I’ve been blogging about tuition discounting for nearly a decade. I’m not a fan. I wrote an article similar to this one when the 2020 Tuition Discounting Study was released. Before that release, I wrote an article about which colleges will thrive, survive, struggle, or perish. I don’t intend to write another article. I stand by what I wrote in 2020.
Josh Moody covered the NACUBO report with an article for Inside Higher Ed. Mr. Moody had access to the full report and provided an interesting chart that describes new initiatives at institutions to increase revenue (see figure 7 below). I found it interesting that 72.3 percent of institutions reported new retention efforts. Excuse my sarcasm, but what was wrong with the old retention effort? The 57.2 percent of institutions that utilized new or expanded recruitment methods (like tv or radio advertising) more than likely increased the probability that the discount rate for freshmen increased as well as increased their spending on marketing.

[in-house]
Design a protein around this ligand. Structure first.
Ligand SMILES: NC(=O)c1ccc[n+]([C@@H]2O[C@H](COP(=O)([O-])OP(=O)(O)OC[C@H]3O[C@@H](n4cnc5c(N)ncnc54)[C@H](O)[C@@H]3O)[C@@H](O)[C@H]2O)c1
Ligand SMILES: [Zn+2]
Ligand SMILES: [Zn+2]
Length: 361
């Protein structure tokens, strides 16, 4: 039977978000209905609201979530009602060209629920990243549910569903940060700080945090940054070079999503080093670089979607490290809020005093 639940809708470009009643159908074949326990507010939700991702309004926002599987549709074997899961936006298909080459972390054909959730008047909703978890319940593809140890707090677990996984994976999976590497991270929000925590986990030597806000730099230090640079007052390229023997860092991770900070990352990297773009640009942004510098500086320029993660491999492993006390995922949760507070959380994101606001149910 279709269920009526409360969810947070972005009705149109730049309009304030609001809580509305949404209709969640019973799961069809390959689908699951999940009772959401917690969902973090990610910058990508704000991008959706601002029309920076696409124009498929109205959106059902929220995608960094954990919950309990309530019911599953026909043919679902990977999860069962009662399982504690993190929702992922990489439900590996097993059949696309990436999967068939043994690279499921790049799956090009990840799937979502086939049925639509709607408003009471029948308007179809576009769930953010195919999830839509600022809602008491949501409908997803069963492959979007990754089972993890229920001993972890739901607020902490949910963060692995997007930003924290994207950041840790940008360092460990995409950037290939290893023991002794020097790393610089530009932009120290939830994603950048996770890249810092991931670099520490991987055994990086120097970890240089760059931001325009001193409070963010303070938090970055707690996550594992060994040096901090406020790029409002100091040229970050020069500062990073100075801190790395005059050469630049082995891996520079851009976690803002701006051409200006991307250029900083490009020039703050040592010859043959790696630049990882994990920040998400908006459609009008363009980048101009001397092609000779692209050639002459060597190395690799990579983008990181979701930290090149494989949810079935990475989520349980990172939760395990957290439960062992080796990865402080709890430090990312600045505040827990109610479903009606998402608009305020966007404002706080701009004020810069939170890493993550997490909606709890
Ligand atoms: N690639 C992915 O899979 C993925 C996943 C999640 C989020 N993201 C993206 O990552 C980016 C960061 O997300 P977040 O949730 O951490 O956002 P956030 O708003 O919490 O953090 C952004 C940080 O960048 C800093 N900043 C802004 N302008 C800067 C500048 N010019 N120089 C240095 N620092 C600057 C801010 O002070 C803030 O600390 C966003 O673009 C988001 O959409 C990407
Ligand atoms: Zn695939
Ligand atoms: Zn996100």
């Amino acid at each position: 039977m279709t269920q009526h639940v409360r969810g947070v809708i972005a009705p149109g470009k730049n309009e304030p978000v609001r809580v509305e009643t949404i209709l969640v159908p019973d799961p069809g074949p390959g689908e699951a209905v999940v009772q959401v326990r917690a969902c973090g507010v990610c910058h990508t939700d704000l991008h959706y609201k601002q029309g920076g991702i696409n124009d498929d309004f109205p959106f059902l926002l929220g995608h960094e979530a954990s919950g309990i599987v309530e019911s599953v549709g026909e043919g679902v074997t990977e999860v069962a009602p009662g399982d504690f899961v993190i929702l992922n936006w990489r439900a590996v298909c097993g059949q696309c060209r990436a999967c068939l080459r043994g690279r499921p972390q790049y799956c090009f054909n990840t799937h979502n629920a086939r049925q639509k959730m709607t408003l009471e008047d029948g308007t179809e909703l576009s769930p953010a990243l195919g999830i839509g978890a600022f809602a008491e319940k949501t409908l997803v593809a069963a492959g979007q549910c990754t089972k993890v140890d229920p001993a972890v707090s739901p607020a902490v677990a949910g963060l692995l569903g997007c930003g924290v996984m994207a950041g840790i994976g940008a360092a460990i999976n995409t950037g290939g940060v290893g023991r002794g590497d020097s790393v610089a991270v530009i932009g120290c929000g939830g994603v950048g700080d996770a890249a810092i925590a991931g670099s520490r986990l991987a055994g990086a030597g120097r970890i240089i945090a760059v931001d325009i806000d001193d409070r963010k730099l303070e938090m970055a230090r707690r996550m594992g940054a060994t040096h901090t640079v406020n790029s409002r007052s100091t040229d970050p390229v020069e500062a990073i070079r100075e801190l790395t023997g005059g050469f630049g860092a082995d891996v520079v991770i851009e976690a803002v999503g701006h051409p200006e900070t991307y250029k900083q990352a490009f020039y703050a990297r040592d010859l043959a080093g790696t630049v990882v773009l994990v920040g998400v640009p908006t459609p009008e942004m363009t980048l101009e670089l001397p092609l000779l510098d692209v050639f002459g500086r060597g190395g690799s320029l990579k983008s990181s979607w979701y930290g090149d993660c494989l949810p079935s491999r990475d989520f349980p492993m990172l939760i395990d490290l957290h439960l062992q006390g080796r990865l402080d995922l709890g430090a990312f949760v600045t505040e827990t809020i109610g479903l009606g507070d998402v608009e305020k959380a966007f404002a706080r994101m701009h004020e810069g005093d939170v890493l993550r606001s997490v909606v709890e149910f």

Another chart that Mr. Moody published was one that detailed the explanations given by colleges whose enrollments declined in 2022-23. These explanations were not surprising. Increased competition and price sensitivity were the top two explanations at 64.6 percent and 55.4 percent. Closure of academic programs and changing demographics at 46.3 percent tied for the third most frequent explanation. Closure of programs may or may not cause continued enrollment declines as colleges compete for every new student.
Mr. Moody noted that come next year, another record discount rate is likely to be set given the ongoing competition for college students. I agree. Sadly, that means more colleges are likely to close or consolidate until some equilibrium is achieved between supply and demand. Don’t count on the equilibrium happening any time soon.